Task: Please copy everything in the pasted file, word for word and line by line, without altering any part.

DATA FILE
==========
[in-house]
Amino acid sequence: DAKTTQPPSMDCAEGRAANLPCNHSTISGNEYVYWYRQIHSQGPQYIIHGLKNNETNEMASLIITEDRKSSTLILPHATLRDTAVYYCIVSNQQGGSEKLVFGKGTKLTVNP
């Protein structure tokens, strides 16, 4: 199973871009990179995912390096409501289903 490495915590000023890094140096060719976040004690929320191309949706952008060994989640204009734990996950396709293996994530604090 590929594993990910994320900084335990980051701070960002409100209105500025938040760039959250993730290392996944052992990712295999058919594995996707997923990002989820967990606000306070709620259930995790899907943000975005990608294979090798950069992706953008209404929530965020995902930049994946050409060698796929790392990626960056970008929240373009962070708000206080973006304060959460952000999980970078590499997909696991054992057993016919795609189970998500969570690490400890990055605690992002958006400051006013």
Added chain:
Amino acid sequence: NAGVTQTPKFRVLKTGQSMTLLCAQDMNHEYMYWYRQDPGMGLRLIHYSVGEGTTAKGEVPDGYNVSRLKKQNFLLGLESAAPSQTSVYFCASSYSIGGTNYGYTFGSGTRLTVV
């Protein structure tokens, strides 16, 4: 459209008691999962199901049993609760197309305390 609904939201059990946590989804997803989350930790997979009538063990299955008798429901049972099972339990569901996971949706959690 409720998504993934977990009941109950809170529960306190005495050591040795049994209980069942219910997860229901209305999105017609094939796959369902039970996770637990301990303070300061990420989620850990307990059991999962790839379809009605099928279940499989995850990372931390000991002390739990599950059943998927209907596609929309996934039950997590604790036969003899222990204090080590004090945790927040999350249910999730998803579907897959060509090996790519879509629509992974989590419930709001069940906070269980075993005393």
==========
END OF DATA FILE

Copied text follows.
[in-house]
Amino acid sequence: DAKTTQPPSMDCAEGRAANLPCNHSTISGNEYVYWYRQIHSQGPQYIIHGLKNNETNEMASLIITEDRKSSTLILPHATLRDTAVYYCIVSNQQGGSEKLVFGKGTKLTVNP
């Protein structure tokens, strides 16, 4: 199973871009990179995912390096409501289903 490495915590000023890094140096060719976040004690929320191309949706952008060994989640204009734990996950396709293996994530604090 590929594993990910994320900084335990980051701070960002409100209105500025938040760039959250993730290392996944052992990712295999058919594995996707997923990002989820967990606000306070709620259930995790899907943000975005990608294979090798950069992706953008209404929530965020995902930049994946050409060698796929790392990626960056970008929240373009962070708000206080973006304060959460952000999980970078590499997909696991054992057993016919795609189970998500969570690490400890990055605690992002958006400051006013």
Added chain:
Amino acid sequence: NAGVTQTPKFRVLKTGQSMTLLCAQDMNHEYMYWYRQDPGMGLRLIHYSVGEGTTAKGEVPDGYNVSRLKKQNFLLGLESAAPSQTSVYFCASSYSIGGTNYGYTFGSGTRLTVV
């Protein structure tokens, strides 16, 4: 459209008691999962199901049993609760197309305390 609904939201059990946590989804997803989350930790997979009538063990299955008798429901049972099972339990569901996971949706959690 409720998504993934977990009941109950809170529960306190005495050591040795049994209980069942219910997860229901209305999105017609094939796959369902039970996770637990301990303070300061990420989620850990307990059991999962790839379809009605099928279940499989995850990372931390000991002390739990599950059943998927209907596609929309996934039950997590604790036969003899222990204090080590004090945790927040999350249910999730998803579907897959060509090996790519879509629509992974989590419930709001069940906070269980075993005393």